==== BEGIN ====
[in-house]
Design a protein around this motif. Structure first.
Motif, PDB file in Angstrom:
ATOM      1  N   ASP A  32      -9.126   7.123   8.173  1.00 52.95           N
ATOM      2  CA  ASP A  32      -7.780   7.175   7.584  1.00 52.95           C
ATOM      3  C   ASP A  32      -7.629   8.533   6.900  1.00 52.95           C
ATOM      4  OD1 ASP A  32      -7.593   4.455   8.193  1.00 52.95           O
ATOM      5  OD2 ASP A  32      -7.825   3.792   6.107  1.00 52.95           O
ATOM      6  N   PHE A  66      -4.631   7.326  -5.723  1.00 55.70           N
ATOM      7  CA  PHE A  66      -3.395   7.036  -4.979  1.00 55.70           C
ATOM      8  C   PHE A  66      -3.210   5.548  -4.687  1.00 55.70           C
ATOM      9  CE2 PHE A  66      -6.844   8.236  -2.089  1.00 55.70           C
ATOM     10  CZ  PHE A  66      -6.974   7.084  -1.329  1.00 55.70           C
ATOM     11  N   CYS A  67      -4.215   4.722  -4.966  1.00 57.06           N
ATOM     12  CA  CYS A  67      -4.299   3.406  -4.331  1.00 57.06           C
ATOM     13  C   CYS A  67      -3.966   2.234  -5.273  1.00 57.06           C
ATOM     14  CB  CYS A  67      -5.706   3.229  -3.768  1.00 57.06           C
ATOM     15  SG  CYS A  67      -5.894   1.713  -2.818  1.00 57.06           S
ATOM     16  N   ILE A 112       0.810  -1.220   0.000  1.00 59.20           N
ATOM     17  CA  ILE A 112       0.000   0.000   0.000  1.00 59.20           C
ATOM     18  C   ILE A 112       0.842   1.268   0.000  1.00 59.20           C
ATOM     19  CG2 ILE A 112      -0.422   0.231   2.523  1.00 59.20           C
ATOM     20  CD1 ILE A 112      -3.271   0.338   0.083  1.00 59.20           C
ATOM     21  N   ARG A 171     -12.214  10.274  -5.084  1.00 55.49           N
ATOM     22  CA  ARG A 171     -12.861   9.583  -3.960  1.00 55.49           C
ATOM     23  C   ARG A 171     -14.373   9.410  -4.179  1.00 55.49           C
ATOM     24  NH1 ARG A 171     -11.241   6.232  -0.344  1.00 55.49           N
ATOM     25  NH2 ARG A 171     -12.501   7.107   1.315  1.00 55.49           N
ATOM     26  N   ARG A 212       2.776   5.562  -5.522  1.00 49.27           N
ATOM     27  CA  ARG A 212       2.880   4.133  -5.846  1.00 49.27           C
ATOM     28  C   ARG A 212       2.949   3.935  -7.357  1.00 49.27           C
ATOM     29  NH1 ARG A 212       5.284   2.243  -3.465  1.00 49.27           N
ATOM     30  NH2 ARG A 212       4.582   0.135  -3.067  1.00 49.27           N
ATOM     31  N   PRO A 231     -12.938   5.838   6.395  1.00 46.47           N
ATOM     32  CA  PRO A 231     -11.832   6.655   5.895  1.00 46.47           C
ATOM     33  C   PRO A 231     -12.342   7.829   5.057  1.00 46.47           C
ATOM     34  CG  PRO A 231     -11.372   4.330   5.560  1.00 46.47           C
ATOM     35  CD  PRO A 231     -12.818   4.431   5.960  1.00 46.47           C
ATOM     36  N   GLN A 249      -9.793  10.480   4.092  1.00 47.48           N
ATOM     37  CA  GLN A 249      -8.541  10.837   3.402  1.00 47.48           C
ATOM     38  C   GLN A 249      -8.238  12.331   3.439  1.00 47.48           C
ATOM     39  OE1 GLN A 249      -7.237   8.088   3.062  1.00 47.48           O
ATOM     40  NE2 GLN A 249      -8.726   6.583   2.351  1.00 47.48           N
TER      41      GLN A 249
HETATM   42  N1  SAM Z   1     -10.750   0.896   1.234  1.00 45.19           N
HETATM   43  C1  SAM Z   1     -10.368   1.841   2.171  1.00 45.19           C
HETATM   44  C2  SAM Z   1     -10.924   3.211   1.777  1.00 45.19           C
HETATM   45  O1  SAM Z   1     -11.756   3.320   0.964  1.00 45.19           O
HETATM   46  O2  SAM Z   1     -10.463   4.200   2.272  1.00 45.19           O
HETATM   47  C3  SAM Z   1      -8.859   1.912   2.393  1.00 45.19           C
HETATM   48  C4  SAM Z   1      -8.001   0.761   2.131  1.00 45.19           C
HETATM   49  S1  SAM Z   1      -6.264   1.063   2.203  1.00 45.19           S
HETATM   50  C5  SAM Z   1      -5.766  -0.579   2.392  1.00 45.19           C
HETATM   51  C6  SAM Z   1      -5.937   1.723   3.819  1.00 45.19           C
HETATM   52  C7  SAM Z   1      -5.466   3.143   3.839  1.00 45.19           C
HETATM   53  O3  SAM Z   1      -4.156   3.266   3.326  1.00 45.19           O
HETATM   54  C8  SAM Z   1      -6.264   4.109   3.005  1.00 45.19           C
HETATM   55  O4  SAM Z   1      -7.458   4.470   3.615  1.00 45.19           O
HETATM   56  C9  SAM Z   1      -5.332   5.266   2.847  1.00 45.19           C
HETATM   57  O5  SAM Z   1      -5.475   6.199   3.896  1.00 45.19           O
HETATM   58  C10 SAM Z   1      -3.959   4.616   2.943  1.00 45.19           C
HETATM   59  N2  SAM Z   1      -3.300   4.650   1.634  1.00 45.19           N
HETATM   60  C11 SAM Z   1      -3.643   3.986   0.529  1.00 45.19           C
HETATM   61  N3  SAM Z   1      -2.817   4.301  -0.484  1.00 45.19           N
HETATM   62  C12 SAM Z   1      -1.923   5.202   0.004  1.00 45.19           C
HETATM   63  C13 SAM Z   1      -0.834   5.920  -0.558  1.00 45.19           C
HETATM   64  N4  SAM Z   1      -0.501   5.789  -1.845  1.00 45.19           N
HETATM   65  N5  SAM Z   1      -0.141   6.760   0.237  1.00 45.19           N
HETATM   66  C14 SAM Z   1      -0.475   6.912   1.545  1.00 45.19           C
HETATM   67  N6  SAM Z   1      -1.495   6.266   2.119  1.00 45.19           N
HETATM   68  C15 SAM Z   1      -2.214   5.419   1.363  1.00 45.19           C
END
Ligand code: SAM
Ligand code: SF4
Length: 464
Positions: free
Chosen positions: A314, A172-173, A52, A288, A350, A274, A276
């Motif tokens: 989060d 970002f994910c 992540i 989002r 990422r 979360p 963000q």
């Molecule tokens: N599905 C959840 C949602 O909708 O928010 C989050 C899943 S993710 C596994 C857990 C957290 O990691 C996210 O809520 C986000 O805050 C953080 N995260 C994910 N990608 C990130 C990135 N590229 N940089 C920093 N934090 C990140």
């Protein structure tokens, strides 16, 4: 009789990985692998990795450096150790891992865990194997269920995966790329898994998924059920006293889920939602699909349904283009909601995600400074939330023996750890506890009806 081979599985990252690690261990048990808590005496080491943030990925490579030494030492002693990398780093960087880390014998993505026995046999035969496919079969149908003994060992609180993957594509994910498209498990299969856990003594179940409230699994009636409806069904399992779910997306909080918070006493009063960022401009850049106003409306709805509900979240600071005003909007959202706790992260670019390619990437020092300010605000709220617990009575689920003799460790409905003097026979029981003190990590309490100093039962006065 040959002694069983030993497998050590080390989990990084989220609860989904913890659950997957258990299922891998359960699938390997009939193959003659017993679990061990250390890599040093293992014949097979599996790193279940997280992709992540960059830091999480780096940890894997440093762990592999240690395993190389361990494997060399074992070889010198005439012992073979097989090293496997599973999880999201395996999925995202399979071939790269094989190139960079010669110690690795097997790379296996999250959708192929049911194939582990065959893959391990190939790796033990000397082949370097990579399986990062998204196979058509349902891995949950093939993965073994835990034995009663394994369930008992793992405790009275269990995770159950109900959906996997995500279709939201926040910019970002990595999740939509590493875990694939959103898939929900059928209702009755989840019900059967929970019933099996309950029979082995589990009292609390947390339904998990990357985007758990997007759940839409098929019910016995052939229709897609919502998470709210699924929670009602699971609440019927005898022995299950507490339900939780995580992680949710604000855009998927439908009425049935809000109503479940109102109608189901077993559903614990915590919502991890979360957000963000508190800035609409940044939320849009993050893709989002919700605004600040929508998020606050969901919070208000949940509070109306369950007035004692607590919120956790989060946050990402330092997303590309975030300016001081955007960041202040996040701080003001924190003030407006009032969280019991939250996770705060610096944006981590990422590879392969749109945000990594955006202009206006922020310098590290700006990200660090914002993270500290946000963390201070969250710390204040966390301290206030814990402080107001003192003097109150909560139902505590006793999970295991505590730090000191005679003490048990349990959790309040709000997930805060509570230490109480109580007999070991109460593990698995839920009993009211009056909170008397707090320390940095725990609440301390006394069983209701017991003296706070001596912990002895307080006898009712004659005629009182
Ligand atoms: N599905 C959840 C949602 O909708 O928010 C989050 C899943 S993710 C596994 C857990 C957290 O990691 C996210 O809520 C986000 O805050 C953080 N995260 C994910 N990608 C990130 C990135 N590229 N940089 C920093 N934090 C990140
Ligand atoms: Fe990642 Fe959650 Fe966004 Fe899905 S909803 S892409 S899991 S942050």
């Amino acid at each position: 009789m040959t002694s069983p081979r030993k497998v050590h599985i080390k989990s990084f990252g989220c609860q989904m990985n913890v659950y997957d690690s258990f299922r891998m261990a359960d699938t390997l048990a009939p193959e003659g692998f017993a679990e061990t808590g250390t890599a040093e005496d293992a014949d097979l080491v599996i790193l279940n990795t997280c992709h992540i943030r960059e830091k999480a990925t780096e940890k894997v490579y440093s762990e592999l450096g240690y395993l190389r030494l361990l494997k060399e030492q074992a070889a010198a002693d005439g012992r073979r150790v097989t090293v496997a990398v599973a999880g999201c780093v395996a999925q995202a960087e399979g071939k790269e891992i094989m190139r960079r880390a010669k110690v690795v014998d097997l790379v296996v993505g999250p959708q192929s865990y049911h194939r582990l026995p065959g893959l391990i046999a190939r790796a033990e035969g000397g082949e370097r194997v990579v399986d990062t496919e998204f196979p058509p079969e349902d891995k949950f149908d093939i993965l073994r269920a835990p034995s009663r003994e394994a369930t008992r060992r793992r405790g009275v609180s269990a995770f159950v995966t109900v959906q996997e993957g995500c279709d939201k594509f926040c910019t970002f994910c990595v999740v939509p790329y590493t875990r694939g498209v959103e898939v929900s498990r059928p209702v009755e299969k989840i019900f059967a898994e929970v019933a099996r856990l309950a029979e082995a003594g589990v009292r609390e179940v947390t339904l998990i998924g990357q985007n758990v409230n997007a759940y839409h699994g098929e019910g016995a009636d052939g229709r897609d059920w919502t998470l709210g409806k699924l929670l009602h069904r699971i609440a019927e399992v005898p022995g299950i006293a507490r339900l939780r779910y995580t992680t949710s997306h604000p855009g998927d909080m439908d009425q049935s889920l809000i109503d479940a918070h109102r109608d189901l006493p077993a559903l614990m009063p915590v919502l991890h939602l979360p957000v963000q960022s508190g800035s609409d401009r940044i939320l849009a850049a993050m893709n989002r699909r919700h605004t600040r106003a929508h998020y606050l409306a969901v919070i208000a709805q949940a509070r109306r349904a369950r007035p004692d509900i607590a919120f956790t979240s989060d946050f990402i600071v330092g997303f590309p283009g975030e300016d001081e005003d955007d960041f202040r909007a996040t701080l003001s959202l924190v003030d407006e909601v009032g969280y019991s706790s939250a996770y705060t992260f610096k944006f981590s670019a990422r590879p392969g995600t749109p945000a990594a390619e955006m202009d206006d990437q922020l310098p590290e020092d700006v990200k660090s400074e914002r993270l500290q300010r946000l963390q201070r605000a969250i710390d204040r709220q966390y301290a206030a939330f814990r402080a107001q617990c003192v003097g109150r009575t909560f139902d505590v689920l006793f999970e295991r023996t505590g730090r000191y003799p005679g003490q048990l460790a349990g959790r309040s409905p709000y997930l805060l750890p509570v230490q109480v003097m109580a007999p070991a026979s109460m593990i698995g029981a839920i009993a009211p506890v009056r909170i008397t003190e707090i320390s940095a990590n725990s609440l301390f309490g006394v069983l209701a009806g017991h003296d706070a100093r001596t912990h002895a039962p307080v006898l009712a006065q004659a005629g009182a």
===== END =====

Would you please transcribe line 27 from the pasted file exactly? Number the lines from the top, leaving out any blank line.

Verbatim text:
ATOM     24  NH1 ARG A 171     -11.241   6.232  -0.344  1.00 55.49           N